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MRKH and the vagina stigma

I came across this story today and it blew my mind. A girl in the UK, name Jacqui Beck,  spent 17 years of her life believing she was normal, only to find out that she didn’t have a vagina. If you’d like to read the original story, follow this link to the Daily Mail – online. The girl suffers from a fairly rare condition called MRKH or Mayer-Rokitansky-Küster-Hauser syndrome. The syndrome is characteristic of a woman who is missing her womb, cervix and vaginal opening. Although it is classified as rare, according to the Daily Mail, a case presents once in approximately 5,000 women.

MRKH diagram via neovaginasurgeons.com

MRKH diagram via neovaginasurgeons.com

So, you may be wondering why this story blew my mind. Although it has been said that it is hard to diagnose, which I agree can cause issues, I find it upsetting that she didn’t find out until she was seventeen. The typical age of diagnosis is 15-18 years old, and often these women find out for the first time when they try to have intercourse. The only reason Jacqui found out about her condition was a statement to her doctor in passing that she hadn’t started her period yet. I wonder if there was more educational material available to girls, if they would be more aware of their bodies? I know that while I was embarrassed to sit in sex ed class, hearing about my body, I also craved more information. Perhaps if more time was spent educating girls about their bodies, it would encourage exploration without judgement. This exploration could have led to an earlier diagnosis. Also, I ponder if there may be a higher incidence of this syndrome than reported. The 1 in 5,000 women statistic is based on diagnosis in newborns.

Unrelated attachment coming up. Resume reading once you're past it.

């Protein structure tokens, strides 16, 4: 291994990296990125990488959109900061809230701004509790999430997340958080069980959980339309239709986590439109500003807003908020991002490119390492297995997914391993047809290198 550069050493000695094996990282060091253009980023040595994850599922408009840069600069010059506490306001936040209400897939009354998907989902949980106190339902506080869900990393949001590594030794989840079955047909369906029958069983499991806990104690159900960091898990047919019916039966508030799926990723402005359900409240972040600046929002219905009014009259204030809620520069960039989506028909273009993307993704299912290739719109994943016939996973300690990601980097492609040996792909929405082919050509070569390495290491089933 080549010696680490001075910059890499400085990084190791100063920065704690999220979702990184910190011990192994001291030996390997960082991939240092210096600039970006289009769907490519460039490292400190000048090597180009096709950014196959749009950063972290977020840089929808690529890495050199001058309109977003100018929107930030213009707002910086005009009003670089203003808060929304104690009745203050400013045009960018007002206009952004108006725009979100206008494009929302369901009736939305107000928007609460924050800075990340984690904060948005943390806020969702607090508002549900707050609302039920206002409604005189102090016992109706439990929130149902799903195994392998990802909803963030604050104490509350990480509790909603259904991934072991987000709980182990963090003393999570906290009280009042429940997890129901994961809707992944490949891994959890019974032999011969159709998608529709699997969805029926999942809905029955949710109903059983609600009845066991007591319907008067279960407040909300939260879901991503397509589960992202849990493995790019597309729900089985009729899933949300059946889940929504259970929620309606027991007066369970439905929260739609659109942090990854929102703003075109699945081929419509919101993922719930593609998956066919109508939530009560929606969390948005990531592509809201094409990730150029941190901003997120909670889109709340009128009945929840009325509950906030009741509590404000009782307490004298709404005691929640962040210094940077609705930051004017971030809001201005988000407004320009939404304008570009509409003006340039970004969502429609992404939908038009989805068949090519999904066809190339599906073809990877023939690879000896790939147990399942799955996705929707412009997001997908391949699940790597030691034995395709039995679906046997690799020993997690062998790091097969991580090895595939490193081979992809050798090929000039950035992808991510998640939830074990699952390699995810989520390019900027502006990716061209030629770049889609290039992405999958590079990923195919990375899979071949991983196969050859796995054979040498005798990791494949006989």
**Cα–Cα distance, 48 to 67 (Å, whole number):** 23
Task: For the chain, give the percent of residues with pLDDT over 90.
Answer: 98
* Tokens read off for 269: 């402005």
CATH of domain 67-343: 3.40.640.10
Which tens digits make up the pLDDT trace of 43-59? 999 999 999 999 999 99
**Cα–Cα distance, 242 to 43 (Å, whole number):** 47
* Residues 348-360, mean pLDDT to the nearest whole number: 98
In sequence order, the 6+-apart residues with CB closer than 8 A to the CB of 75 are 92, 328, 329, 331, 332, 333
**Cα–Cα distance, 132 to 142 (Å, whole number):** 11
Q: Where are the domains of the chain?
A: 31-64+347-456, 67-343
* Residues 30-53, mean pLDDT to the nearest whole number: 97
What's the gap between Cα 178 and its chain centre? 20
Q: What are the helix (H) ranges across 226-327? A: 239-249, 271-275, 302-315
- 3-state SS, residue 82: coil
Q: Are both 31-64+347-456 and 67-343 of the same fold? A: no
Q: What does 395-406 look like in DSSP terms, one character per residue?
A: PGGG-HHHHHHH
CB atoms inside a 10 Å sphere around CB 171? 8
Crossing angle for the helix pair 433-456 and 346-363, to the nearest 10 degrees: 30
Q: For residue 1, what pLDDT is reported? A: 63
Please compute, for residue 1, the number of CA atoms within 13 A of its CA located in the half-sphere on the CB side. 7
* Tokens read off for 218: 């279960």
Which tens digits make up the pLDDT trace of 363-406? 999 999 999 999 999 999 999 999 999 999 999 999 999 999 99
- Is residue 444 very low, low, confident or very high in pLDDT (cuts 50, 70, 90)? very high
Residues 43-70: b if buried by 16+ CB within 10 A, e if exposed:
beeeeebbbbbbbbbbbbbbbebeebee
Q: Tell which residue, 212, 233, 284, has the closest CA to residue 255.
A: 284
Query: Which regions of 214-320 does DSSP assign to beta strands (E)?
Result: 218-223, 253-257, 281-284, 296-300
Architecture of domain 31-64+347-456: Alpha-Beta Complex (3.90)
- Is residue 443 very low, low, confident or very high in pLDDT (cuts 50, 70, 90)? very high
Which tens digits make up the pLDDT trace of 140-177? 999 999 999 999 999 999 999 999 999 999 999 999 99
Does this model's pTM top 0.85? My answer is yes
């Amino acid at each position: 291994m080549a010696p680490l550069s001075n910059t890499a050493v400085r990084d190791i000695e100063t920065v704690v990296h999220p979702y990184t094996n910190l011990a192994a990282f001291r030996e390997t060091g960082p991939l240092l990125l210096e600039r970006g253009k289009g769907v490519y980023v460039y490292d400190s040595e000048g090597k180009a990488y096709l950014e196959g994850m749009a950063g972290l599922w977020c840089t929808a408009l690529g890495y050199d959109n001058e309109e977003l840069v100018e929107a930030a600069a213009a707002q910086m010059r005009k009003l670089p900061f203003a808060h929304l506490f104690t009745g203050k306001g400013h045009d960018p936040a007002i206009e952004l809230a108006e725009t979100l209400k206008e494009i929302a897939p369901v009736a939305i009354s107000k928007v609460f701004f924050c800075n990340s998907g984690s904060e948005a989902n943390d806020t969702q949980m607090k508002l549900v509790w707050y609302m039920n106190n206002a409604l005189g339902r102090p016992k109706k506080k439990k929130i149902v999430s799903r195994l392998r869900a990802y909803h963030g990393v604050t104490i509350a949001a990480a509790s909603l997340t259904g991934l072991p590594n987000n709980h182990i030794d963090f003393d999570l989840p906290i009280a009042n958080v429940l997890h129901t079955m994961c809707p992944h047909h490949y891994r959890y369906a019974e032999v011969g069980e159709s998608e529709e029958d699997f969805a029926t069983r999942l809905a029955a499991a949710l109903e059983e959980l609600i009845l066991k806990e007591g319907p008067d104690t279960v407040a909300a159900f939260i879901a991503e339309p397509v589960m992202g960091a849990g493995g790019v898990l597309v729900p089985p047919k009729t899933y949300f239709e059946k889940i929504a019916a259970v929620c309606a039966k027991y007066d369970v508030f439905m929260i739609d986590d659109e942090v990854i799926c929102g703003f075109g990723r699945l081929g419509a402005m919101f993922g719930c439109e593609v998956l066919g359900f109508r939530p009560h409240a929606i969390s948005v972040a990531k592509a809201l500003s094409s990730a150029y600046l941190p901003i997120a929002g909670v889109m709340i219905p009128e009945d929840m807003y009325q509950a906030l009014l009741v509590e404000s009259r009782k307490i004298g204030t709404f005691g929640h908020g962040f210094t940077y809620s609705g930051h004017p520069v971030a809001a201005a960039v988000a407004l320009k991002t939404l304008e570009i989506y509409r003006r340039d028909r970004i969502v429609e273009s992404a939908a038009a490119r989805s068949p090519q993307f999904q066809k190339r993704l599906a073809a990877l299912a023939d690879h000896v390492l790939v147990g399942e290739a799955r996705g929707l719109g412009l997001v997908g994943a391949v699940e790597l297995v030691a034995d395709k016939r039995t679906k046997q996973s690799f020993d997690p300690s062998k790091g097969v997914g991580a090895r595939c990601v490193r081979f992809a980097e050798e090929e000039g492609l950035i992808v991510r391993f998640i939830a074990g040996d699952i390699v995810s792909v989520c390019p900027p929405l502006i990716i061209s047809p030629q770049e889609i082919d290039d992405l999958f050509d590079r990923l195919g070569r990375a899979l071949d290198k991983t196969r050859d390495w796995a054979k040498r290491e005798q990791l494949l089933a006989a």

I was very pleased, to stumble across a Facebook page in support of women who suffer from this condition. Although surgery is an option to remedy this problem in most women, the psychological scarring must still remain. Especially for those girls who find out while trying to have intercourse for the first time. In a society where we strive for normalcy, the last thing these women want to feel is different. I also want to commend the young girl on who the story was written for coming out in public about her issue. I hope that it will inspire other girls to learn more about their bodies.

I really, truly believe that we as a society are failing to educate girls about their bodies. As I’ve mentioned in previous posts, there are aspects of my female functions that I did not fully understand until I was thirty. Those functions are normal functions and they were not presented to me, so I can imagine how hard it would have been for Jacqui to even remotely think something was off having such a rare condition. If I am blessed to have a girl, I want her to understand how marvelous her body is. When she is old enough to understand, I want her to be taught about her cycles and the inner workings of her reproductive organs. Now, I’m not so deluded as to think I will be the teacher for all these things, but I will be open with her. I will answer any questions she has without judgement and if I don’t know the answers, I will find them out. When she is ready, I will book a visit with a gynecologist so that if there is something she is too embarrassed to ask her mom, she can ask them.

In closing, I’d like to relay a story posted in my personal feed on Facebook. Someone I know has a daughter in kindergarten. While doing some arts and crafts, her and her friends were putting string in their laps and laughing. During this play, her daughter used the word vagina in front of her peers. The teacher was there to hear her daughter utter the word and called dear mommy to discuss it. Now, it’s not like she used the word out of context, or a slang like va-jay-jay, pussy or my personal favourite, bajingo. Her daughter used the word in context and without a derogatory nature. Why such a big reaction to the correct use of the word? Because it was ‘vagina’. How crazy is it that there was such drama! I can see perhaps, from the teacher’s perspective, that the other children going home to households that sugar-coat female body parts may have repeated it and upset their parents. I still think it is ridiculous. Let’s try and remove this stigma about female genitalia and its function. Let’s start by using the proper words with our children, right from the beginning.

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